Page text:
We expected that ten movies by Hitchcock in a single diagram would be fairly unmissable, so the original version of the puzzle made no explicit mention of what was going on. Imagine our surprise when none of our test-solvers noticed the theme (this is the sort of thing that always seems more obvious to the constructor). So we decided to bring attention to it with the help of a reference in a clue, just to make sure solvers would not miss it. How to do it was not immediately obvious—mentioning Hitchcock explicitly, after all, would make the puzzle too easy. In the end, we settled on the reference in 7D, which mentioned movies without being overly specific.
7D OSCARS Piece of onyx marks awards given to some movies (though only one of the ten shown here) (6)
How did this play out for you? Too blatant? Too subtle? Just right? (Incidentally, Hitch’s Oscar-winning movie was Rebecca.)
1A SECRET AGENT Center-left part of 30, amazingly, reveals a spy (6,5)
We loved this anagram, but STAGE was part of the solution to 30A, so we didn’t want to put “stage” explicitly in the clue. So we referenced 30A’s solution in the clue to 1A, thus emulating our predecessor Frank Lewis who often used this technique.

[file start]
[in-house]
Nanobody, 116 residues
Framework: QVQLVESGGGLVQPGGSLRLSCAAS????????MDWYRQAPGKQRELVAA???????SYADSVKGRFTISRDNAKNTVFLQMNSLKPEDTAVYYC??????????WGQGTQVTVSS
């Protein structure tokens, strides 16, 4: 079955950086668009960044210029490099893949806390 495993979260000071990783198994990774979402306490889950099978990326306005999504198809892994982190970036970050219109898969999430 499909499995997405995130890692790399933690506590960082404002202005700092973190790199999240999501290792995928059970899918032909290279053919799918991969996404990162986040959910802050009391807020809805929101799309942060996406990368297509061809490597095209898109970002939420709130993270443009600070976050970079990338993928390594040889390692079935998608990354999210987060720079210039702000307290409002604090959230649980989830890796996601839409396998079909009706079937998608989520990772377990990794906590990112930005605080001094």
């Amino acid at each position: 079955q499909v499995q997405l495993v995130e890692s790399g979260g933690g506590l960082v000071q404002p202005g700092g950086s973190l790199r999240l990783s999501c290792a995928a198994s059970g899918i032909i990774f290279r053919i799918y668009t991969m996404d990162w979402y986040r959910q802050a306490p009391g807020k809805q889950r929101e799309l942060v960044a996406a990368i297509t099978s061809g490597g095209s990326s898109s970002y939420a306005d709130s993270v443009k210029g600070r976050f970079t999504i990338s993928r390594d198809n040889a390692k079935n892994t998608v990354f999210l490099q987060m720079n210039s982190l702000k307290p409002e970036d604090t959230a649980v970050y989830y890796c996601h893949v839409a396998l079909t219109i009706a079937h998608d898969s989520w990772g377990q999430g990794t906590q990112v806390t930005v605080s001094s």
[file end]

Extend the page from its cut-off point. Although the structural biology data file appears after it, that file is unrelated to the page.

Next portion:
16A FRENZY Disgraced memoirist outlines New Zealand craze (6)
James Frey is the memoirist in question.
20A LIFEBOAT Rescue gear originally extricated snake caught in elevator (8)
Samuel L. Jackson should star in the remake.
30A STAGE FRIGHT Common source of terror: fiend’s severed head in area to the audience’s left (5,6)
1D STABLE BOY Groom a youngster unlikely to go postal (6,3)
Each of these clues broke a phrase into its constituent words. Let the cryptic purists fret: we got a chuckle out of it, and to us entertainment trumps an over-preoccupation with rules. At least for a few clues per puzzle! —HP
30A is, as you say, anathema to purists, but it’s slightly more legit than you suggest, because both STAGE FRIGHT and STAGE RIGHT have dictionary nature. So it’s something of a container clue, even though STAGE appears in both phrases with the same meaning. —JK
8D ROMNEY Questionable money supports Republican presidential candidate (6)
The clue practically wrote itself.
17D NEON LIGHT Darkness engulfs Libya’s capital after many years—this could vanquish it? (4,5)
Now we’re really in trouble! There is not a clear break between definition and wordplay: the former borrows from the latter. We’d better end this post and get out of here before the cryptic police arrive.